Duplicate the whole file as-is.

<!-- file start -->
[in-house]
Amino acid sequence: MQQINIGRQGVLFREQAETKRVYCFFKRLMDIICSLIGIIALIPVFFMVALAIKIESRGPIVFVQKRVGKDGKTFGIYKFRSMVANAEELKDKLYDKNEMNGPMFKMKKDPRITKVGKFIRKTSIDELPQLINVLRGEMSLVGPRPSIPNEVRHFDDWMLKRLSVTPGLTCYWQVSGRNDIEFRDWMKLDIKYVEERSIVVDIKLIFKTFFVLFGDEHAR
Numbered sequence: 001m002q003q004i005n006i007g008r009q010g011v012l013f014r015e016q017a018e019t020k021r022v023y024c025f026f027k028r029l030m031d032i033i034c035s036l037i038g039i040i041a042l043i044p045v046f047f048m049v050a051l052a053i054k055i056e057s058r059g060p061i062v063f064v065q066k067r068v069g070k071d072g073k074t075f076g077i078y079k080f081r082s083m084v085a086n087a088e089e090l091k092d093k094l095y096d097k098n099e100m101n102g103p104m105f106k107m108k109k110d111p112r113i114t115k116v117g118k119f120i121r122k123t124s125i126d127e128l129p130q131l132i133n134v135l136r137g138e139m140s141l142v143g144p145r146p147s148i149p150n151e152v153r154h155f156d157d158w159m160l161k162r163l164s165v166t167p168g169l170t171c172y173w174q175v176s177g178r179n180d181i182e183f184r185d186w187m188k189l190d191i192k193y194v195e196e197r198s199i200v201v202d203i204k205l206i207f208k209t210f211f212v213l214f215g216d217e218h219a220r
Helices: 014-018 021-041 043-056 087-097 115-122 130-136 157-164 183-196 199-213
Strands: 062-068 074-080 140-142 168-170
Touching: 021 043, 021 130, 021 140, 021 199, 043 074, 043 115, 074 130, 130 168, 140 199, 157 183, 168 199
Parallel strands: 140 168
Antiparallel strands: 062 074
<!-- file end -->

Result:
[in-house]
Amino acid sequence: MQQINIGRQGVLFREQAETKRVYCFFKRLMDIICSLIGIIALIPVFFMVALAIKIESRGPIVFVQKRVGKDGKTFGIYKFRSMVANAEELKDKLYDKNEMNGPMFKMKKDPRITKVGKFIRKTSIDELPQLINVLRGEMSLVGPRPSIPNEVRHFDDWMLKRLSVTPGLTCYWQVSGRNDIEFRDWMKLDIKYVEERSIVVDIKLIFKTFFVLFGDEHAR
Numbered sequence: 001m002q003q004i005n006i007g008r009q010g011v012l013f014r015e016q017a018e019t020k021r022v023y024c025f026f027k028r029l030m031d032i033i034c035s036l037i038g039i040i041a042l043i044p045v046f047f048m049v050a051l052a053i054k055i056e057s058r059g060p061i062v063f064v065q066k067r068v069g070k071d072g073k074t075f076g077i078y079k080f081r082s083m084v085a086n087a088e089e090l091k092d093k094l095y096d097k098n099e100m101n102g103p104m105f106k107m108k109k110d111p112r113i114t115k116v117g118k119f120i121r122k123t124s125i126d127e128l129p130q131l132i133n134v135l136r137g138e139m140s141l142v143g144p145r146p147s148i149p150n151e152v153r154h155f156d157d158w159m160l161k162r163l164s165v166t167p168g169l170t171c172y173w174q175v176s177g178r179n180d181i182e183f184r185d186w187m188k189l190d191i192k193y194v195e196e197r198s199i200v201v202d203i204k205l206i207f208k209t210f211f212v213l214f215g216d217e218h219a220r
Helices: 014-018 021-041 043-056 087-097 115-122 130-136 157-164 183-196 199-213
Strands: 062-068 074-080 140-142 168-170
Touching: 021 043, 021 130, 021 140, 021 199, 043 074, 043 115, 074 130, 130 168, 140 199, 157 183, 168 199
Parallel strands: 140 168
Antiparallel strands: 062 074